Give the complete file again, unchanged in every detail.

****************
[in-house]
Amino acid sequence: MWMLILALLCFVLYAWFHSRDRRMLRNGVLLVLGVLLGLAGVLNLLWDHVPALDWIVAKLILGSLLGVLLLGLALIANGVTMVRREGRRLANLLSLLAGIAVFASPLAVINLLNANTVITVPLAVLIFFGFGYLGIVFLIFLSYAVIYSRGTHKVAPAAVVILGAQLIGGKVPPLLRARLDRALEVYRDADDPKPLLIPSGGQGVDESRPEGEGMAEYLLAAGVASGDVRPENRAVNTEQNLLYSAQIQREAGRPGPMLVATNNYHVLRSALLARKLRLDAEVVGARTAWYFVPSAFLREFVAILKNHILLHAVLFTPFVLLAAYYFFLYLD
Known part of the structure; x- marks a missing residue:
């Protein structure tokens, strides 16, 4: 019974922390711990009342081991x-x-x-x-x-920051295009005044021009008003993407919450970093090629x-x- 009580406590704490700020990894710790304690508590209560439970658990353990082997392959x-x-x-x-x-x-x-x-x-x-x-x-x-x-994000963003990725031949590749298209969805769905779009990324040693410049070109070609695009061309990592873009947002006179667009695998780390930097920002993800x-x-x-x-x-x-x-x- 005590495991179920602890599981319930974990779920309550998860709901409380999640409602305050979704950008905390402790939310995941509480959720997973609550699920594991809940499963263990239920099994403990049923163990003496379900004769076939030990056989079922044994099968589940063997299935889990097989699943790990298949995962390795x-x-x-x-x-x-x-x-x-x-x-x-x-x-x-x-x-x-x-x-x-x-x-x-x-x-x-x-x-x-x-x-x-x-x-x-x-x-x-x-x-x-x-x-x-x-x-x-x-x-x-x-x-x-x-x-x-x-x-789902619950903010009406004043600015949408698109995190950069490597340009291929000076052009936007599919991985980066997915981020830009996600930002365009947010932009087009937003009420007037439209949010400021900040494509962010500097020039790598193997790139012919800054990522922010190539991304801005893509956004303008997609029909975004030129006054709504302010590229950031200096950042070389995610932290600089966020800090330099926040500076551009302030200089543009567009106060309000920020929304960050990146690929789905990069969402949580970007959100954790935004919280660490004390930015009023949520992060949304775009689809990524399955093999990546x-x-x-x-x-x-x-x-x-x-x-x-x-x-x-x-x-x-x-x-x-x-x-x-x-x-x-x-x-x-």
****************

[in-house]
Amino acid sequence: MWMLILALLCFVLYAWFHSRDRRMLRNGVLLVLGVLLGLAGVLNLLWDHVPALDWIVAKLILGSLLGVLLLGLALIANGVTMVRREGRRLANLLSLLAGIAVFASPLAVINLLNANTVITVPLAVLIFFGFGYLGIVFLIFLSYAVIYSRGTHKVAPAAVVILGAQLIGGKVPPLLRARLDRALEVYRDADDPKPLLIPSGGQGVDESRPEGEGMAEYLLAAGVASGDVRPENRAVNTEQNLLYSAQIQREAGRPGPMLVATNNYHVLRSALLARKLRLDAEVVGARTAWYFVPSAFLREFVAILKNHILLHAVLFTPFVLLAAYYFFLYLD
Known part of the structure; x- marks a missing residue:
């Protein structure tokens, strides 16, 4: 019974922390711990009342081991x-x-x-x-x-920051295009005044021009008003993407919450970093090629x-x- 009580406590704490700020990894710790304690508590209560439970658990353990082997392959x-x-x-x-x-x-x-x-x-x-x-x-x-x-994000963003990725031949590749298209969805769905779009990324040693410049070109070609695009061309990592873009947002006179667009695998780390930097920002993800x-x-x-x-x-x-x-x- 005590495991179920602890599981319930974990779920309550998860709901409380999640409602305050979704950008905390402790939310995941509480959720997973609550699920594991809940499963263990239920099994403990049923163990003496379900004769076939030990056989079922044994099968589940063997299935889990097989699943790990298949995962390795x-x-x-x-x-x-x-x-x-x-x-x-x-x-x-x-x-x-x-x-x-x-x-x-x-x-x-x-x-x-x-x-x-x-x-x-x-x-x-x-x-x-x-x-x-x-x-x-x-x-x-x-x-x-x-x-x-x-x-789902619950903010009406004043600015949408698109995190950069490597340009291929000076052009936007599919991985980066997915981020830009996600930002365009947010932009087009937003009420007037439209949010400021900040494509962010500097020039790598193997790139012919800054990522922010190539991304801005893509956004303008997609029909975004030129006054709504302010590229950031200096950042070389995610932290600089966020800090330099926040500076551009302030200089543009567009106060309000920020929304960050990146690929789905990069969402949580970007959100954790935004919280660490004390930015009023949520992060949304775009689809990524399955093999990546x-x-x-x-x-x-x-x-x-x-x-x-x-x-x-x-x-x-x-x-x-x-x-x-x-x-x-x-x-x-």